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Title: A corpus based genre analysis of institutional translation in Korea
Authors: Choi, Jinsil
Supervisors: Malmkjær, Kirsten
Spunta, Marina
Award date: 1-Jun-2014
Presented at: University of Leicester
Abstract: National government translations inform an international audience about an institution’s political positions, policies, and ideologies. In this institutional settings, translation is de facto self-translation (Gagnon 2010a: 254), where producers of the originals and the translations are the same, the institution and the institution exerts control over every stage of the ST and the TT productions. In doing so, institutional images are reinforced and often changed in the translations. Although translational activities are very common in governments, surprisingly, translation issues related to politics and national institutional settings have received relatively little attention (Schäffner 2012), and no detailed research has been undertaken in regard to characteristics of the Korean government translation processes and products. Drawing on corpus-based methodology, this study examines translation processes and products in three Korean government institutions, the art web magazine, Art:Mu, in the National Museum of Contemporary Art, the press briefings by the spokesperson in the Ministry of Foreign Affairs and Trade, and the speeches by President Lee Myung-bak, with a view to identifying different agents and procedures involved in institutional translation practices, linguistic and genre features of translations, changes made in translations compared to the ST, and how those different factors in the processes can influence the outcomes. For this study, a specially designed parallel corpus of Korean and English, the Korean Institutional Corpus (KIC), is compiled incorporating 151,546 words. It is shown that the more important the originals and the translation in terms of strategy and diplomacy, the higher degree of control in the process and the bigger changes in terms of frequency are found in the translations. It is hoped that this study will enhance our understanding of how factors of the processes can affect the products and encourage the development of translation practices in Korea.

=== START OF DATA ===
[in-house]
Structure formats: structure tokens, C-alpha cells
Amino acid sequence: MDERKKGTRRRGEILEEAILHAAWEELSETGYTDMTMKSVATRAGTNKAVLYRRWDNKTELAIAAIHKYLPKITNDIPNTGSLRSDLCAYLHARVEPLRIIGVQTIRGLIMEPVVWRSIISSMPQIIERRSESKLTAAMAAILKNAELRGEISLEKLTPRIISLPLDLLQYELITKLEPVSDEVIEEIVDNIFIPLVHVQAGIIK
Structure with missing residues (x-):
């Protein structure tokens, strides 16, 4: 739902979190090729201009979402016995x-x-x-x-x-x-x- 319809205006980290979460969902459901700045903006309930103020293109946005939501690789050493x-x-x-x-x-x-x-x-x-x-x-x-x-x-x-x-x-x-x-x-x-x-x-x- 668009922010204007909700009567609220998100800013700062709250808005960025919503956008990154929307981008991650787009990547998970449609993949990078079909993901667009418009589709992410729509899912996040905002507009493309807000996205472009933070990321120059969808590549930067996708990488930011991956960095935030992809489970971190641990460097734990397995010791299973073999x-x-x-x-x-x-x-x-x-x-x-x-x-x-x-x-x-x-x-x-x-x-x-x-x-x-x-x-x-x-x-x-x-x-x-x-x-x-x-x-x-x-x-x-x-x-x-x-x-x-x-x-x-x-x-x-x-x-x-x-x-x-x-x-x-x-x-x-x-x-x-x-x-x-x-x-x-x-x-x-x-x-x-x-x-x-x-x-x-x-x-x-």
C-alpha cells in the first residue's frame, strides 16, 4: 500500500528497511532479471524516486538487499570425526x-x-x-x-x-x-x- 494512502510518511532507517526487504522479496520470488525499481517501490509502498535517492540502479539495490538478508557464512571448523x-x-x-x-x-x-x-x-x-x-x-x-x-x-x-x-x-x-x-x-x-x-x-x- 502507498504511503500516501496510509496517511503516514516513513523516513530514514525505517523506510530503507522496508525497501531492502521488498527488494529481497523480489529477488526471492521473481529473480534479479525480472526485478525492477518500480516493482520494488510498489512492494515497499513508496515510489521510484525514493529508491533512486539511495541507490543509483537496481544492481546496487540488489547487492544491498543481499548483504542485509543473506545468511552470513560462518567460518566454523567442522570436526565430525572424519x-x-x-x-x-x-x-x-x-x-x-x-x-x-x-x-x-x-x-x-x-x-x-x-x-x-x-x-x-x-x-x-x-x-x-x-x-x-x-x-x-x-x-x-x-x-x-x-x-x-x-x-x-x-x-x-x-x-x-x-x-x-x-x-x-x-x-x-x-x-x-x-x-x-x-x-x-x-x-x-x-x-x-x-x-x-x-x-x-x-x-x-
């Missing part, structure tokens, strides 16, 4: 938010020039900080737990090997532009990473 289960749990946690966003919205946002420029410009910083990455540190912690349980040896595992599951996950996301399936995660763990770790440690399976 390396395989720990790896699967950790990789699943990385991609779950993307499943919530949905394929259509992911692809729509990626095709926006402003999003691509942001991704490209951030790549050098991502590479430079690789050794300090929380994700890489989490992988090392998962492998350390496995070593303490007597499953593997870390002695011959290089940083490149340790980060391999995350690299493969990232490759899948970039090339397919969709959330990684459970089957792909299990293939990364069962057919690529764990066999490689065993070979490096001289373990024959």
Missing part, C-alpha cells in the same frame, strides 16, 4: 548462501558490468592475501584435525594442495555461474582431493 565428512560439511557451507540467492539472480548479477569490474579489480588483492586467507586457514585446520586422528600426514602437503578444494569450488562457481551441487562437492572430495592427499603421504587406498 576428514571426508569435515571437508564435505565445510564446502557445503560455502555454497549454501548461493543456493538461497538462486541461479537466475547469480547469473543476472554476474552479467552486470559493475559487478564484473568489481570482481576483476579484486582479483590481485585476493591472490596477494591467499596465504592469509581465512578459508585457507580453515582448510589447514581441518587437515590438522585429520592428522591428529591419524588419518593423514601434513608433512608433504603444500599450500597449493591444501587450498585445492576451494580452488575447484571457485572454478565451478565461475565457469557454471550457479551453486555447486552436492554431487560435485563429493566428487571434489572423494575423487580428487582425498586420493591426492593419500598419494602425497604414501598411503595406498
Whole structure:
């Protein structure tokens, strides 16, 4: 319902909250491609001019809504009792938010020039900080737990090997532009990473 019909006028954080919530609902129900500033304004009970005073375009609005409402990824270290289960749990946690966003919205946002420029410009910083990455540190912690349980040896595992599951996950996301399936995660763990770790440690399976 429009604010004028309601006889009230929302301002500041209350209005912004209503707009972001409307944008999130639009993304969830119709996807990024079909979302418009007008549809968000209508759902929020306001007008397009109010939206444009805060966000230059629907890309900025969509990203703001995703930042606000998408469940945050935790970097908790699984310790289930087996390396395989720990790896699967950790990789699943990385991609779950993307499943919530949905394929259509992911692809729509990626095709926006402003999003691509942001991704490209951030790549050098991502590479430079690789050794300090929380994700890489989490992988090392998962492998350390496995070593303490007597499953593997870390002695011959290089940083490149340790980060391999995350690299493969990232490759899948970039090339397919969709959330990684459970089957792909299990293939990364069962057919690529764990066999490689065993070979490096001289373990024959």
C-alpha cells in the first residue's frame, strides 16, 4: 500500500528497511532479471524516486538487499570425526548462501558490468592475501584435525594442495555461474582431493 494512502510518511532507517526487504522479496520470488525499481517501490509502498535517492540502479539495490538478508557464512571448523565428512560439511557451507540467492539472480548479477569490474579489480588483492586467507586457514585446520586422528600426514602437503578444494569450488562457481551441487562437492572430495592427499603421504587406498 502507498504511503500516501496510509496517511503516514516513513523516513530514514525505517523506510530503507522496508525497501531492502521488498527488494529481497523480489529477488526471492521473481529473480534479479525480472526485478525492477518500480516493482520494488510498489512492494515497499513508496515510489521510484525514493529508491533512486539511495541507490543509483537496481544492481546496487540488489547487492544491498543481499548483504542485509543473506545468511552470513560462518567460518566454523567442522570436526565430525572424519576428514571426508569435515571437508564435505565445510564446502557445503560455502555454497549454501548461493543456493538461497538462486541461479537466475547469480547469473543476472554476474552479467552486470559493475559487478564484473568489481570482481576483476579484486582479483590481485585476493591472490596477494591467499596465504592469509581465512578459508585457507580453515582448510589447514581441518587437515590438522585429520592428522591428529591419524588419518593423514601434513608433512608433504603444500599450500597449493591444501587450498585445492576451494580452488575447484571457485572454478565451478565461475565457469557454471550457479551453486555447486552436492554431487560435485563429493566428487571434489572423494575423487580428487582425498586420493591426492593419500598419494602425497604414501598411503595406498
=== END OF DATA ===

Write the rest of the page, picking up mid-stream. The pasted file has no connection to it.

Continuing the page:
Type: Thesis
Level: Doctoral
Qualification: PhD
Rights: Copyright © the author. All rights reserved.
Appears in Collections:Theses, School of Modern Languages
Leicester Theses

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